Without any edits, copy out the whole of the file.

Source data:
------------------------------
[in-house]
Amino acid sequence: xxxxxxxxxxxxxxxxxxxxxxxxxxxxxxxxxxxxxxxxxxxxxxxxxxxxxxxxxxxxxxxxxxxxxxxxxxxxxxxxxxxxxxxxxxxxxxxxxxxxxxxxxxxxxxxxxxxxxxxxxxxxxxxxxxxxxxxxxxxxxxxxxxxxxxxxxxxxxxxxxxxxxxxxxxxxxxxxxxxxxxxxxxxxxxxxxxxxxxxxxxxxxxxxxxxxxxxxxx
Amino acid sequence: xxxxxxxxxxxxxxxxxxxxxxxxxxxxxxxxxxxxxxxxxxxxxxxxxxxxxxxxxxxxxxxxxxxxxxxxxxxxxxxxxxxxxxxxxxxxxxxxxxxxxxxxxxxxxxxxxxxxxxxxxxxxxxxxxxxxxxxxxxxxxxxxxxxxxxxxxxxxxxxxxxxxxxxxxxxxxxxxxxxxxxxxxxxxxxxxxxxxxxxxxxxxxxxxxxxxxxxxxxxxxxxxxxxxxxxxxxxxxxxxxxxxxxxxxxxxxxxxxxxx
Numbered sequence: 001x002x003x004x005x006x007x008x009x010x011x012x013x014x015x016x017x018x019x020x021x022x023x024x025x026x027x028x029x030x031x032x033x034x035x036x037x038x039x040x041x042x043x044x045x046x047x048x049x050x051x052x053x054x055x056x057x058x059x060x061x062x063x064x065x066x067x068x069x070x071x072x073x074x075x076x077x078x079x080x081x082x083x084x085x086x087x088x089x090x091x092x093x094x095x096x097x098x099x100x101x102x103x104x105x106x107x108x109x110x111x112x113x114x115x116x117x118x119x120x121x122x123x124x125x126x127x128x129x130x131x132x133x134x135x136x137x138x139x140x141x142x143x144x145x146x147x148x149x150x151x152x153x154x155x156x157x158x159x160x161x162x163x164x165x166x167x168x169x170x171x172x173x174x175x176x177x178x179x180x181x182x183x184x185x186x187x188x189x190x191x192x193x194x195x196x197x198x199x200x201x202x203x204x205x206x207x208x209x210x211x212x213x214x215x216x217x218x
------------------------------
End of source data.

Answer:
[in-house]
Amino acid sequence: xxxxxxxxxxxxxxxxxxxxxxxxxxxxxxxxxxxxxxxxxxxxxxxxxxxxxxxxxxxxxxxxxxxxxxxxxxxxxxxxxxxxxxxxxxxxxxxxxxxxxxxxxxxxxxxxxxxxxxxxxxxxxxxxxxxxxxxxxxxxxxxxxxxxxxxxxxxxxxxxxxxxxxxxxxxxxxxxxxxxxxxxxxxxxxxxxxxxxxxxxxxxxxxxxxxxxxxxxx
Amino acid sequence: xxxxxxxxxxxxxxxxxxxxxxxxxxxxxxxxxxxxxxxxxxxxxxxxxxxxxxxxxxxxxxxxxxxxxxxxxxxxxxxxxxxxxxxxxxxxxxxxxxxxxxxxxxxxxxxxxxxxxxxxxxxxxxxxxxxxxxxxxxxxxxxxxxxxxxxxxxxxxxxxxxxxxxxxxxxxxxxxxxxxxxxxxxxxxxxxxxxxxxxxxxxxxxxxxxxxxxxxxxxxxxxxxxxxxxxxxxxxxxxxxxxxxxxxxxxxxxxxxxxx
Numbered sequence: 001x002x003x004x005x006x007x008x009x010x011x012x013x014x015x016x017x018x019x020x021x022x023x024x025x026x027x028x029x030x031x032x033x034x035x036x037x038x039x040x041x042x043x044x045x046x047x048x049x050x051x052x053x054x055x056x057x058x059x060x061x062x063x064x065x066x067x068x069x070x071x072x073x074x075x076x077x078x079x080x081x082x083x084x085x086x087x088x089x090x091x092x093x094x095x096x097x098x099x100x101x102x103x104x105x106x107x108x109x110x111x112x113x114x115x116x117x118x119x120x121x122x123x124x125x126x127x128x129x130x131x132x133x134x135x136x137x138x139x140x141x142x143x144x145x146x147x148x149x150x151x152x153x154x155x156x157x158x159x160x161x162x163x164x165x166x167x168x169x170x171x172x173x174x175x176x177x178x179x180x181x182x183x184x185x186x187x188x189x190x191x192x193x194x195x196x197x198x199x200x201x202x203x204x205x206x207x208x209x210x211x212x213x214x215x216x217x218x